• Victoria Riollano of Victory Speaks

Diversity In the Church



It’s believed that the most segregated time of the week occurs on Sunday mornings. White churches, Asian, Black churches, and Spanish churches fill our cities. It’s clear that many have come to purposefully seek churches that most resemble their genetic makeup. As a Professor of Social Psychology, I am aware that there is an element of this that’s human nature. We tend to naturally flock towards those who share traditions and backgrounds similar to us. According to Psychology Today, this notion of desiring to be around others who are similar is our personal way to be validated. We seek interaction with those who may be more alike as a way to ensure we aren’t rejected and to stay in the confines of safety. Yet, one can look at the recent Atlanta shootings targeting Asian Americans, the racial division during the George Floyd protests, and the ongoing disparities amongst people of color, to know that there has to be a change. And that change starts with the church!


Though we can be aware of the inclination to be with those who are genetically more like us, the Lord is calling us to rise above human nature. In fact, He calls us to be one (Ephesians 4:4-6). Yet recently, I read an article from by Pastor Dan Hyun, who challenged the reasons people gave for not seeking diversity in the church. In his words, diversity may “make people uncomfortable” and “doesn’t grow churches.” Fortunately, later in the article, he reminds us that the true gospel is not about us or our preferences, but requires dying to our own way of doing things.


Yet, for those who take the perspective of avoiding diversity, I question what God’s response would be to this self-centered theology. If a person entered a church of a race different from those who typically attend, should we not try to include them because we are “uncomfortable”? Truthfully, if we are unable to accept fellow Christians who don’t look like us on the outside, how will we be able to accept those who are unbelievers? Are not called to go into the community and tell the world about who He is?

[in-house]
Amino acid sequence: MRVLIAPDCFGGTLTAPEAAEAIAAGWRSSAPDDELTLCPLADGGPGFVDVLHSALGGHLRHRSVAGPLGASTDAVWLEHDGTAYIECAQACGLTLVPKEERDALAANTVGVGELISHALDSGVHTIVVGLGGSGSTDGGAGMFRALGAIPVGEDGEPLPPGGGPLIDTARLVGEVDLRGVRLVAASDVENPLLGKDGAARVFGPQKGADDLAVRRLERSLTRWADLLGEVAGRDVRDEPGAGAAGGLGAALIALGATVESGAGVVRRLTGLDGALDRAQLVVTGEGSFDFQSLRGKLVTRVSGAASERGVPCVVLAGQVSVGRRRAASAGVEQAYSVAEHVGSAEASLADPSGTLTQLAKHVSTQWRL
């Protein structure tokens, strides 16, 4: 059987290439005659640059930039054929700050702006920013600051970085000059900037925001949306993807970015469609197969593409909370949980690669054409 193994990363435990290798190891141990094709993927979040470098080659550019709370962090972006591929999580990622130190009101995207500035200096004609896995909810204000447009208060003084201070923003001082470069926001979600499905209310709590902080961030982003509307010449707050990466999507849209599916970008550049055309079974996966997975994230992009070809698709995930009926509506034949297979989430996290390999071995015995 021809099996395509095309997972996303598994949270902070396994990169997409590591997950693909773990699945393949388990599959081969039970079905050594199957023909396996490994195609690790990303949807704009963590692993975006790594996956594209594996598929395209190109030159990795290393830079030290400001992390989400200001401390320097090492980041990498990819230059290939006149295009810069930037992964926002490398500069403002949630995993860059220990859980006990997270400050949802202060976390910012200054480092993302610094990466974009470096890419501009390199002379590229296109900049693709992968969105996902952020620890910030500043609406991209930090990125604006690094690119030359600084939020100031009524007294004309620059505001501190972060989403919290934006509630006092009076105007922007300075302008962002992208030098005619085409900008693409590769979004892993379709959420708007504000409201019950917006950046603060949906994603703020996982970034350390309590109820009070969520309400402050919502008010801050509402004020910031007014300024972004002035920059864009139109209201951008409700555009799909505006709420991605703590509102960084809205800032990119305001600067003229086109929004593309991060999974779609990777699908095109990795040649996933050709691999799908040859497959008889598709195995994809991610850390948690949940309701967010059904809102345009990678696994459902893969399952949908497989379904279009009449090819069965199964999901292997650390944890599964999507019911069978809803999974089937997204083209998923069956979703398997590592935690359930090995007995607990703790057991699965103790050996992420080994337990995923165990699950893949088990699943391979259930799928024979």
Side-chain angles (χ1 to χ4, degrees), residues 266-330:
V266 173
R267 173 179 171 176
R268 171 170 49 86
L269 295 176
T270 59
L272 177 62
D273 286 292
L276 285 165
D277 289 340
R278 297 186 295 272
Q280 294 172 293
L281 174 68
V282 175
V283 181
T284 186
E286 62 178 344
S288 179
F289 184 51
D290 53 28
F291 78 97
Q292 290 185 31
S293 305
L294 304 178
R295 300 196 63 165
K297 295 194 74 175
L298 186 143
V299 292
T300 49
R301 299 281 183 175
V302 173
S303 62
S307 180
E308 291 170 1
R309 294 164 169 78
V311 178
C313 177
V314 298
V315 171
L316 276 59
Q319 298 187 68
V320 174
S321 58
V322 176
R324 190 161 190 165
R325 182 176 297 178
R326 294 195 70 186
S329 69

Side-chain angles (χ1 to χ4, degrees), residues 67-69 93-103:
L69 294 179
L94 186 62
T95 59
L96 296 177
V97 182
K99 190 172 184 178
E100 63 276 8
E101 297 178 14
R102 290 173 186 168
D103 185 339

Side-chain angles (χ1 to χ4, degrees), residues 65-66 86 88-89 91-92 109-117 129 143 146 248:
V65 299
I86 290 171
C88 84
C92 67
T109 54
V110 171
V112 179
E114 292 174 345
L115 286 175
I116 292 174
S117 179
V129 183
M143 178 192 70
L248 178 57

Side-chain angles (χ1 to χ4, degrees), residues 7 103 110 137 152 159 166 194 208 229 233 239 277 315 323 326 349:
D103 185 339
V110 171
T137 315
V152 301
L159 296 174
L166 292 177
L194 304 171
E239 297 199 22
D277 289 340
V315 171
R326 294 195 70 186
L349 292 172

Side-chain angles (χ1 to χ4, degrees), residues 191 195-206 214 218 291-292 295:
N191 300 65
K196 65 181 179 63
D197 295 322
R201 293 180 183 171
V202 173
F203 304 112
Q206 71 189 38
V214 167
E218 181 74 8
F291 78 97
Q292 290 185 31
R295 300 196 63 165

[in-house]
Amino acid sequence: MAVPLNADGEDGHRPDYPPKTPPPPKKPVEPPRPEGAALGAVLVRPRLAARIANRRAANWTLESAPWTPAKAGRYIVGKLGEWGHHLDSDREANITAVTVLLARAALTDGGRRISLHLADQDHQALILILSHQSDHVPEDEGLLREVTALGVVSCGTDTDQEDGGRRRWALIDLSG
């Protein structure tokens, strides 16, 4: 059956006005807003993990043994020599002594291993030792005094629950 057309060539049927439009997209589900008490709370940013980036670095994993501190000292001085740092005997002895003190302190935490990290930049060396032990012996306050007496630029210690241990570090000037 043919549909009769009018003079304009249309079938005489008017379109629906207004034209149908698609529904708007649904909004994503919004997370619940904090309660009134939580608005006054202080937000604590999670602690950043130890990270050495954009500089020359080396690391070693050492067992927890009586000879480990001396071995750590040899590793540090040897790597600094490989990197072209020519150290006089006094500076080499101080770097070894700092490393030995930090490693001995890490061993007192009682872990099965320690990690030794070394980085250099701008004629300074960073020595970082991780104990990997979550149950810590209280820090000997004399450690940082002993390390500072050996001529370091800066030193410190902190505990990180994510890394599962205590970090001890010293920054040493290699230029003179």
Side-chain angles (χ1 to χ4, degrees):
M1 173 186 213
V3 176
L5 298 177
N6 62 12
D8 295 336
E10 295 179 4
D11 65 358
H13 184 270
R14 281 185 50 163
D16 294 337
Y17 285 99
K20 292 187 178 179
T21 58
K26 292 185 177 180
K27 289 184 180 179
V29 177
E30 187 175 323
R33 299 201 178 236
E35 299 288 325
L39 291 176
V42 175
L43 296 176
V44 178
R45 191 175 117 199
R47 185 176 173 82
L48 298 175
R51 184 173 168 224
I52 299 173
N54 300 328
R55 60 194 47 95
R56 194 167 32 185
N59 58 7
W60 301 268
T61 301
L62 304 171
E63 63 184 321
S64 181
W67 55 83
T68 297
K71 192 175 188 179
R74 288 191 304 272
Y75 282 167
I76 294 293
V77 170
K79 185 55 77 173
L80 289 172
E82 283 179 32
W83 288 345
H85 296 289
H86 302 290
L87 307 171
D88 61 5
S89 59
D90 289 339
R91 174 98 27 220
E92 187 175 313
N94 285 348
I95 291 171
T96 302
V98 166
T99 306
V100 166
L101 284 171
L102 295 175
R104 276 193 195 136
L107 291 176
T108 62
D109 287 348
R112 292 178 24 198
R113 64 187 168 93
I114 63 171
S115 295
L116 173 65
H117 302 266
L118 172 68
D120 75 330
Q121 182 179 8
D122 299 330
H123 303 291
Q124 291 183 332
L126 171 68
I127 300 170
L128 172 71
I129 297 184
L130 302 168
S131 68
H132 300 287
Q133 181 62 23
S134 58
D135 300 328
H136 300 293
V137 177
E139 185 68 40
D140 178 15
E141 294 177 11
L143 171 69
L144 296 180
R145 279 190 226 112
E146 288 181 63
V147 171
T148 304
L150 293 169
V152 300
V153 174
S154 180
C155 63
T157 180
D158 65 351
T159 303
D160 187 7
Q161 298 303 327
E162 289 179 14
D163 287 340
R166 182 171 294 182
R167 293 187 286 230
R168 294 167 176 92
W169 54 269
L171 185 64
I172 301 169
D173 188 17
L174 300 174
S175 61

He calls us to not be separated by race, age, or socioeconomic status. We are to come together as the body of Christ.


"So now you Gentiles are no longer strangers and foreigners. You are citizens along with all of God's holy people. You are members of God's family." Ephesians 4:3


As one who recently launched a church plant, I have seen the beauty of having a multicultural church. It’s not enough to just say we are a “diverse” or “multicultural” church in our mission statement, we must seek ways to be intentional about making sure everyone is welcome. Does this mean we reject or ignore others who share our culture? No! However, it does mean that just as heaven will be full of people from every tribe and tongue (Revelation 7:9), the church will also keep their arms open to embrace those who are different.

With this being said, the following are ways we make our churches more diverse:


.1.) Embrace Families of Different Backgrounds

The number one way to challenge diversity issues within the church starts with a smile. A recent poll stated that one of top reasons people didn’t go to church was because they didn’t feel welcome. In fact, it has been found that the first 15 minutes of a person’s experience will determine whether they will ever return again-this is before the preacher begins to preach.

When churches aren’t intentional about having a culture of hospitality, new families leave feeling rejected and can easily attribute this lack of love with Christianity. We must remember that families of a different background than the majority in the crowd may already feel hesitant when attending. They aren’t sure if they will be welcomed or if prejudices may exist. By simply giving a smile and introducing ourselves we can help break the discomfort some may experience.


Do not neglect to show hospitality to strangers, for thereby some have entertained angels without knowing it. Hebrews 13:2


2.) Preach diversity and racial reconciliation from the pulpit


A few years ago, racial disunity hit a climax throughout America. With technology being able to film moments of clear racial injustice, it became undeniable that there was more work to be done. In the times directly after a police shooting or riot, many turned to the church for solace. Yet, not every church took a bold stand on topics. Some stayed silent to not disrupt the peace or sprayed a quick cliché prayer of peace over the church.